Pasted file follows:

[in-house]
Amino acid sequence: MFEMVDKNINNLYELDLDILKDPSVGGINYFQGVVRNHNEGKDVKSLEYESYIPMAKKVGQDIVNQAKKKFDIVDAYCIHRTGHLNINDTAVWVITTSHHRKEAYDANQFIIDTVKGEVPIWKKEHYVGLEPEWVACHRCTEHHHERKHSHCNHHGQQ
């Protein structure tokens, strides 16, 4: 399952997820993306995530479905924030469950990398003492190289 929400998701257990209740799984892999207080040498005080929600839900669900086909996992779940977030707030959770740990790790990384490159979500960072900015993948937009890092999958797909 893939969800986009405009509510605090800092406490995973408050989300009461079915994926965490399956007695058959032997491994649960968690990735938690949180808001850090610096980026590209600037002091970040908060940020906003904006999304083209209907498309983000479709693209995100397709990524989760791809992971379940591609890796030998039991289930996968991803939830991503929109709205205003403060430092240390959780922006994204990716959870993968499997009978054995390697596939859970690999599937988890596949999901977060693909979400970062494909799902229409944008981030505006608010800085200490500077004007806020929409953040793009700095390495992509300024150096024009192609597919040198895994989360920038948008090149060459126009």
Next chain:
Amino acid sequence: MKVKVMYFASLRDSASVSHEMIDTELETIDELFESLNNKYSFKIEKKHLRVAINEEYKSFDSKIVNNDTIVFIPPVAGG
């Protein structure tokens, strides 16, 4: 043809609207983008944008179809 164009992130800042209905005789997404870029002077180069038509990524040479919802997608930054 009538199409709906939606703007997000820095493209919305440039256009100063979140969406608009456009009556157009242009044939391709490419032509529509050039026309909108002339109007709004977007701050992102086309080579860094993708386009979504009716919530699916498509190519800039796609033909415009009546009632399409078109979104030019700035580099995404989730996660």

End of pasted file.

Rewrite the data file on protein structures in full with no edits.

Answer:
[in-house]
Amino acid sequence: MFEMVDKNINNLYELDLDILKDPSVGGINYFQGVVRNHNEGKDVKSLEYESYIPMAKKVGQDIVNQAKKKFDIVDAYCIHRTGHLNINDTAVWVITTSHHRKEAYDANQFIIDTVKGEVPIWKKEHYVGLEPEWVACHRCTEHHHERKHSHCNHHGQQ
């Protein structure tokens, strides 16, 4: 399952997820993306995530479905924030469950990398003492190289 929400998701257990209740799984892999207080040498005080929600839900669900086909996992779940977030707030959770740990790790990384490159979500960072900015993948937009890092999958797909 893939969800986009405009509510605090800092406490995973408050989300009461079915994926965490399956007695058959032997491994649960968690990735938690949180808001850090610096980026590209600037002091970040908060940020906003904006999304083209209907498309983000479709693209995100397709990524989760791809992971379940591609890796030998039991289930996968991803939830991503929109709205205003403060430092240390959780922006994204990716959870993968499997009978054995390697596939859970690999599937988890596949999901977060693909979400970062494909799902229409944008981030505006608010800085200490500077004007806020929409953040793009700095390495992509300024150096024009192609597919040198895994989360920038948008090149060459126009």
Next chain:
Amino acid sequence: MKVKVMYFASLRDSASVSHEMIDTELETIDELFESLNNKYSFKIEKKHLRVAINEEYKSFDSKIVNNDTIVFIPPVAGG
């Protein structure tokens, strides 16, 4: 043809609207983008944008179809 164009992130800042209905005789997404870029002077180069038509990524040479919802997608930054 009538199409709906939606703007997000820095493209919305440039256009100063979140969406608009456009009556157009242009044939391709490419032509529509050039026309909108002339109007709004977007701050992102086309080579860094993708386009979504009716919530699916498509190519800039796609033909415009009546009632399409078109979104030019700035580099995404989730996660």